4. Crystal structures of carbon crystals in two ordinary chondrite meteorites, due apparently to repeated parent body shock metamorphic events, possibly related to the impact that formed earth's moon.

5. Structures of shock-deformed olivine and calcium phosphates in five ordinary chondrite meteorites.

6. Measurement of cell dimensions of olivine in the coarse-grained terminal particles of coma grains returned from comet Wild 2 by NASA's Stardust spacecraft.

7. Crystal structure of calcium carbonates from the meteor crater in Arizona.

8. Crystal structures of mineral grains separated from within salt crystals found in an ordinary chondrite meteorites (Zag and Monahans), which must come from the mantle of a hydrovolcanically-active early solar system body (possibly Ceres).

 

 

X-ray Diffraction at SPring-8
 We have been working for the past three years on synchrotron radiation X-ray diffraction (SXRD) studies at SPring-8 beamline BL37XU (Proposal 2014B0113 - 2017A0113), employing a micro-beam diameter as small as 1 µm. SXRD is most useful when combined with other analytical techniques such as synchrotron X-ray fluorescence (SXRF) and synchrotron based X-ray computed microtomography (SXRCT), determining chemical compositions and physical properties at the nano scale. We use a stationary sample method and polychromatic X-rays because the irradiated area of the sample is always the same and fixed, meaning that all diffraction spots occur from the same area of the sample. This aspect is essential for nanogram-sized samples. In beamline BL37XU an undulator is installed and its radiation is further monochromatized using a Si(111) double-crystal monochromator. The X-ray energy is automatically adjusted by changing the undulator gap and the angle of a monochromator. A Kirkpatrick and Baez mirror is situated upstream of the sample giving a beam size of 0.7(V) × 2(H) mm2 at the sample position. Diffraction patterns are collected on a two-dimensional detector (CMOS Flat panel detector, Hamamatsu Photonics K.K.). The samples are attached to an XYZ-stage, and the target micro area in the sample was adjusted on the micro-beam position under an optical microscope. We applied energies from 30 to 20 keV (λ = 0.4133 - 0.6199 Å) at increments of 40 eV with each exposure time being 0.5 seconds. In total we used 72 shifts over the three-year period 2014 - 2017.

 

 

Hayabusa Mission Samples from Asteroid Itokawa
 We analyzed the crystal structure of pyroxene, olivine and albite crystals in 8 asteroid Itokawa particles returned to Earth by the Hayabusa spacecraft[1-10][1] Hagiya K., Mikouchi T., Ohsumi K., Terada Y., Yagi N., Komatsu M., Yamaguchi S., Hirata A., Kurokawa A., Zolensky M.: "Crystallographic Characterization of Extraterrestrial Materials by Energy-Scanning X-ray Diffraction." (2015) SPring-8 Symposium, Abstracts.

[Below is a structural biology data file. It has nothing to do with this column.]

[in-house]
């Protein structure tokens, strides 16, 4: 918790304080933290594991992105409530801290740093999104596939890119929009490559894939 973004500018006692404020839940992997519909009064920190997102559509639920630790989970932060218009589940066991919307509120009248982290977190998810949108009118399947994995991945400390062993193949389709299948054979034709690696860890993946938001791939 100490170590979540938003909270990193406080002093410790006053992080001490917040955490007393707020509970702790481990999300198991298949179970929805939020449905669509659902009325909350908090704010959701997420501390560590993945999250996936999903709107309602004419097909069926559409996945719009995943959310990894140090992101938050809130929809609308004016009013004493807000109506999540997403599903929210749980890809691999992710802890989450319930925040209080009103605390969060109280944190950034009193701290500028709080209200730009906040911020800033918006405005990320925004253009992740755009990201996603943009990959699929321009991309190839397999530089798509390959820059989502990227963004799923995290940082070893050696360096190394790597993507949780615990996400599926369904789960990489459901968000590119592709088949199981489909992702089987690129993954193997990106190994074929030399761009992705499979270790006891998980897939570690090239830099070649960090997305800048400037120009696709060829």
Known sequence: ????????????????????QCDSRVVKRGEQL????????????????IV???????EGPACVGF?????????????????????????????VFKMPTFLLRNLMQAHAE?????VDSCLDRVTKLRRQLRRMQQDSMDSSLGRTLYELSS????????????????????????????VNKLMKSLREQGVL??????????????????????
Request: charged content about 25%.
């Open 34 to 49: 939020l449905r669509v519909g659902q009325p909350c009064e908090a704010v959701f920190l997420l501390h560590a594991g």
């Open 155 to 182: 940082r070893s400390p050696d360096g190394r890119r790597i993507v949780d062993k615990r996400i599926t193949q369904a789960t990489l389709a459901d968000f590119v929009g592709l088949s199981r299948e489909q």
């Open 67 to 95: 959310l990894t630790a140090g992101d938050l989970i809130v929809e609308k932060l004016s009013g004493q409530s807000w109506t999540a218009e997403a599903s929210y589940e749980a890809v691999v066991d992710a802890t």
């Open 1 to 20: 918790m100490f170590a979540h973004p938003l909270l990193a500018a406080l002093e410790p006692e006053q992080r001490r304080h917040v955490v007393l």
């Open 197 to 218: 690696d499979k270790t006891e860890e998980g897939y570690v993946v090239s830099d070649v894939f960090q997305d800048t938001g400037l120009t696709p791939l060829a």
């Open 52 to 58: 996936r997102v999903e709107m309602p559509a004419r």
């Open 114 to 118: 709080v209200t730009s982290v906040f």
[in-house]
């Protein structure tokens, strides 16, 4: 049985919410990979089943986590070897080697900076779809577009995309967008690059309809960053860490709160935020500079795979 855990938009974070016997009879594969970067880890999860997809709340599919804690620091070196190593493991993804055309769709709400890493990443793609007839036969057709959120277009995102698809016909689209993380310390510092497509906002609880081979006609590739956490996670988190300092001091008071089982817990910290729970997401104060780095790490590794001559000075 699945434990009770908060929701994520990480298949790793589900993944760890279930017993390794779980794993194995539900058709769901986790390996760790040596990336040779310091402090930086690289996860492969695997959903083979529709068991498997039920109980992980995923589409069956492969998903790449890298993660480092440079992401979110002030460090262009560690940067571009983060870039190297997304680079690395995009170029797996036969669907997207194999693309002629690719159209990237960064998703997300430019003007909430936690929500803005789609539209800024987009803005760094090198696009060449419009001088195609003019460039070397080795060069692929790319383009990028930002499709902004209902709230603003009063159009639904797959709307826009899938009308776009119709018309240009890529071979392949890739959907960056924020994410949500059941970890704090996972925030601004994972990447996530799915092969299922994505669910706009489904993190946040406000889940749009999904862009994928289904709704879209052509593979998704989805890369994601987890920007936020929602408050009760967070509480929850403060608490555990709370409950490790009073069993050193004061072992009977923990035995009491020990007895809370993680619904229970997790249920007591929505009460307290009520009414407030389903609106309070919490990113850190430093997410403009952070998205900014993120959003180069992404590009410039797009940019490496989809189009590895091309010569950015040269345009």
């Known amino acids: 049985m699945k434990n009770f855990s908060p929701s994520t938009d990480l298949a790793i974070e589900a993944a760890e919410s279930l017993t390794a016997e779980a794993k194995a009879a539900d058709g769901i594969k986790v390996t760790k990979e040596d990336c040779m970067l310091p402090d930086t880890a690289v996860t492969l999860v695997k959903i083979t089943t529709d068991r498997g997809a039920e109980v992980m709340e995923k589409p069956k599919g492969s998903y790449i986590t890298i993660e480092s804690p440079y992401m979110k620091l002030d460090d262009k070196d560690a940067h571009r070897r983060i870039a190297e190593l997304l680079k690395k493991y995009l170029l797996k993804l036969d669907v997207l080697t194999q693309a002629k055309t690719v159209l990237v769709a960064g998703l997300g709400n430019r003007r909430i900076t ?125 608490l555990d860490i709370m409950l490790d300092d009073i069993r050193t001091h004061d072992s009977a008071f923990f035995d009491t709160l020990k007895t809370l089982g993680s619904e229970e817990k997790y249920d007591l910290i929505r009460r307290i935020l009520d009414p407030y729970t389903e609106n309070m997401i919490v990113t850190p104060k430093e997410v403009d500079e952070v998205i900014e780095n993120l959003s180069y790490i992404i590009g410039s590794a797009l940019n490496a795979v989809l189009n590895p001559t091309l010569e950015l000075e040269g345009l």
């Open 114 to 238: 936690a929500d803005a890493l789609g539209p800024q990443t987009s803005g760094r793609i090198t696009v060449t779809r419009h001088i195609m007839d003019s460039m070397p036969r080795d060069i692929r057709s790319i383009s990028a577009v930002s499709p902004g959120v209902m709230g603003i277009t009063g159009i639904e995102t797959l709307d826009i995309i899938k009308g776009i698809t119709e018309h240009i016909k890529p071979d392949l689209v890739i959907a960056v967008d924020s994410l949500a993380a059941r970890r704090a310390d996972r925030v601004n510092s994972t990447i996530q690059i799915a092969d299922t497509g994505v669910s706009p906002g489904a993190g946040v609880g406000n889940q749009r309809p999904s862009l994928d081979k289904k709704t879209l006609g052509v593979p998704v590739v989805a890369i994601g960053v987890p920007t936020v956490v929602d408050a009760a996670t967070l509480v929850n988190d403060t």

[2] Zolensky M., Mikouchi T., Hagiya K., Ohsumi K., Martinez J., Komatsu M., Chan Q., Sitzman S.: "Measurements of shock effects recorded by Hayabusa samples." (2015) Hayabusa Symposium, Abstracts.
[3] Hagiya K., Ohsumi K., Komatsu M., Mikouchi T., Zolensky M., Hirata A., Yamaguchi A., Kurokawa Y.: "Crystallographic study of Itokawa particle, RA-QD02-0127 by using energy-scanning the X-ray diffraction method with synchrotron radiation." (2016) 79th Annual Meeting of the Meteoritical Society, Abstracts.
[4] Hagiya K., Mikouchi T., Ohsumi K., Terada Y., Yagi N., Komatsu M., Yamaguchi S., Hirata A., Kurokawa A., Zolensky M.: "Crystallographic characterization of extraterrestrial materials by energy-Scanning X-ray diffraction." (2016) SPring-8 Symposium, Abstracts.
[5] Zolensky M., Mikouchi T., Hagiya K., Ohsumi K., Martinez J., Komatsu M., Chan Q., Sitzman S., Takata M., Terada Y., Yagi N., Yamaguchi S., Hirata A., Kurokawa A.: "Shock effects recorded by Itokawa samples." (2016) Hayabusa Symposium, Abstracts.
[6] Hagiya K., Mikouchi T., Ohsumi K., Terada Y., Yagi N., Komatsu M., Ozawa H., Taki Y., Yamatsuta Y., Takenouchi A., Hasegawa H., Ono H., Higashi K., Zolensky M.: "Crystallographic characterization of fine-grained astromaterials by energy-scanning X-ray diffraction." (2017) SPring-8 Symposium, Abstracts.
[7] Zolensky M., Mikouchi T., Hagiya K., Ohsumi K., Martinez J., Sitzman S., Terada Y., Yagi N., Komatsu M., Ozawa H., Taki Y., Yamatsuta Y., Takenouchi A., Hasegawa H., Ono H., Higashi K., Takata M., Hirata A., Kurokawa A., Yamaguchi S.: "Measuring Shock Stage of Itokawa Regolith Grains by Electron Back-Scattered Diffraction and Synchrotron X-ray Diffraction." (2017) Hayabusa Symposium, Abstracts.
[8] Zolensky M., Martinez J., Sitzman S., Mikouchi T., Hagiya K., Ohsumi K., Terada Y., Yagi N., Komatsu M., Ozawa H., Taki Y., Yamatsuta Y., Takenouchi A., Hasegawa H., Ono H., Higashi K., Takata M., Hirata A., Kurokawa A., Yamaguchi S.: "Measuring the shock stage of asteroid regolith grains by electron back-scattered diffraction." (2018) 49th Lunar and Planetary Science Conference, Abstracts.
[9] Zolensky M., Martinez J., Sitzman S., Mikouchi T., Hagiya K., Ohsumi K., Terada Y., Yagi N., Komatsu M., Ozawa H., Taki Y., Yamatsuta Y., Takenouchi A., Hasegawa H., Ono H., Higashi K., Takata M., Hirata A., Kurokawa A., Yamaguchi S.: "Measuring Shock Stage of Itokawa and Other Asteroid Regolith Grains by Electron Back-Scattered Diffraction." (2018) Hayabusa Symposium, Abstracts.
[10] Zolensky M., Martinez J., Sitzman S., Mikouchi T., Hagiya K., Ohsumi K., Terada Y., Yagi N., Komatsu M., Ozawa H., Taki Y., Yamatsuta Y., Takenouchi A., Hasegawa H., Ono H., Higashi K., Takata M., Hirata A., Kurokawa A., Yamaguchi S.: "Measuring Shock Stage of Itokawa and Other Asteroid Regolith Grains by Electron Back-Scattered Diffraction and Synchrotron X-ray Diffraction." Meteoritics and Planetary Science, submitted.